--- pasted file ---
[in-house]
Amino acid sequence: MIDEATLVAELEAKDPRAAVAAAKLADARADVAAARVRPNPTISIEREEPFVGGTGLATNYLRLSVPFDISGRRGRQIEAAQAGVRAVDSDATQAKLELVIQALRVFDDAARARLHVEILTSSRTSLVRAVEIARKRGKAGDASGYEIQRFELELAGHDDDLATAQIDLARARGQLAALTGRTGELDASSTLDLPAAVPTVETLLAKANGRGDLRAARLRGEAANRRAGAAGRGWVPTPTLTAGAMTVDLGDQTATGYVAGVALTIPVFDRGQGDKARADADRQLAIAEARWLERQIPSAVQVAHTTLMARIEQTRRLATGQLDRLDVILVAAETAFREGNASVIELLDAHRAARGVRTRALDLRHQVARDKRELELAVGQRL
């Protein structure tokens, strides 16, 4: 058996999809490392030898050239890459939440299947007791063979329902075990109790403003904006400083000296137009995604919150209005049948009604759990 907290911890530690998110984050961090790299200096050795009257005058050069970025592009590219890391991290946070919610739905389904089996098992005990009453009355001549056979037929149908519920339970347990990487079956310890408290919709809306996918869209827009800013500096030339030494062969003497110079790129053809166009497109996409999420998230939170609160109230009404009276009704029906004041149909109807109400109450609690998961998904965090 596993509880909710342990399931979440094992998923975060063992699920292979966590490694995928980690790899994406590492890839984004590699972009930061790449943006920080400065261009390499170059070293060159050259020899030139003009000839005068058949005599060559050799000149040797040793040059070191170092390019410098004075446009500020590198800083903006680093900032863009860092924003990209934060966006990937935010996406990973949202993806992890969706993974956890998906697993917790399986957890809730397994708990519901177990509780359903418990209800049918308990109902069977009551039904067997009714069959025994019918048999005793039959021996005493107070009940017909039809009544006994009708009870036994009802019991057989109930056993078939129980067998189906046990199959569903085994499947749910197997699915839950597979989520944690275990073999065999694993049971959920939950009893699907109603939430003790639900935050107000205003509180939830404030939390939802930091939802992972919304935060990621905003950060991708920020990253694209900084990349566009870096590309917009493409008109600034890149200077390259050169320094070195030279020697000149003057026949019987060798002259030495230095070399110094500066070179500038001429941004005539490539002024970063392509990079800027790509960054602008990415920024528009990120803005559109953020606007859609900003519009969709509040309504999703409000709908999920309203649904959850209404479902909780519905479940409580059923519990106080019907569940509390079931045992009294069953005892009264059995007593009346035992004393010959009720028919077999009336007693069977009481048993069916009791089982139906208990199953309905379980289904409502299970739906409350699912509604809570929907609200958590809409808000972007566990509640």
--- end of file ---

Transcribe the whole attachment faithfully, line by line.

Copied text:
[in-house]
Amino acid sequence: MIDEATLVAELEAKDPRAAVAAAKLADARADVAAARVRPNPTISIEREEPFVGGTGLATNYLRLSVPFDISGRRGRQIEAAQAGVRAVDSDATQAKLELVIQALRVFDDAARARLHVEILTSSRTSLVRAVEIARKRGKAGDASGYEIQRFELELAGHDDDLATAQIDLARARGQLAALTGRTGELDASSTLDLPAAVPTVETLLAKANGRGDLRAARLRGEAANRRAGAAGRGWVPTPTLTAGAMTVDLGDQTATGYVAGVALTIPVFDRGQGDKARADADRQLAIAEARWLERQIPSAVQVAHTTLMARIEQTRRLATGQLDRLDVILVAAETAFREGNASVIELLDAHRAARGVRTRALDLRHQVARDKRELELAVGQRL
């Protein structure tokens, strides 16, 4: 058996999809490392030898050239890459939440299947007791063979329902075990109790403003904006400083000296137009995604919150209005049948009604759990 907290911890530690998110984050961090790299200096050795009257005058050069970025592009590219890391991290946070919610739905389904089996098992005990009453009355001549056979037929149908519920339970347990990487079956310890408290919709809306996918869209827009800013500096030339030494062969003497110079790129053809166009497109996409999420998230939170609160109230009404009276009704029906004041149909109807109400109450609690998961998904965090 596993509880909710342990399931979440094992998923975060063992699920292979966590490694995928980690790899994406590492890839984004590699972009930061790449943006920080400065261009390499170059070293060159050259020899030139003009000839005068058949005599060559050799000149040797040793040059070191170092390019410098004075446009500020590198800083903006680093900032863009860092924003990209934060966006990937935010996406990973949202993806992890969706993974956890998906697993917790399986957890809730397994708990519901177990509780359903418990209800049918308990109902069977009551039904067997009714069959025994019918048999005793039959021996005493107070009940017909039809009544006994009708009870036994009802019991057989109930056993078939129980067998189906046990199959569903085994499947749910197997699915839950597979989520944690275990073999065999694993049971959920939950009893699907109603939430003790639900935050107000205003509180939830404030939390939802930091939802992972919304935060990621905003950060991708920020990253694209900084990349566009870096590309917009493409008109600034890149200077390259050169320094070195030279020697000149003057026949019987060798002259030495230095070399110094500066070179500038001429941004005539490539002024970063392509990079800027790509960054602008990415920024528009990120803005559109953020606007859609900003519009969709509040309504999703409000709908999920309203649904959850209404479902909780519905479940409580059923519990106080019907569940509390079931045992009294069953005892009264059995007593009346035992004393010959009720028919077999009336007693069977009481048993069916009791089982139906208990199953309905379980289904409502299970739906409350699912509604809570929907609200958590809409808000972007566990509640």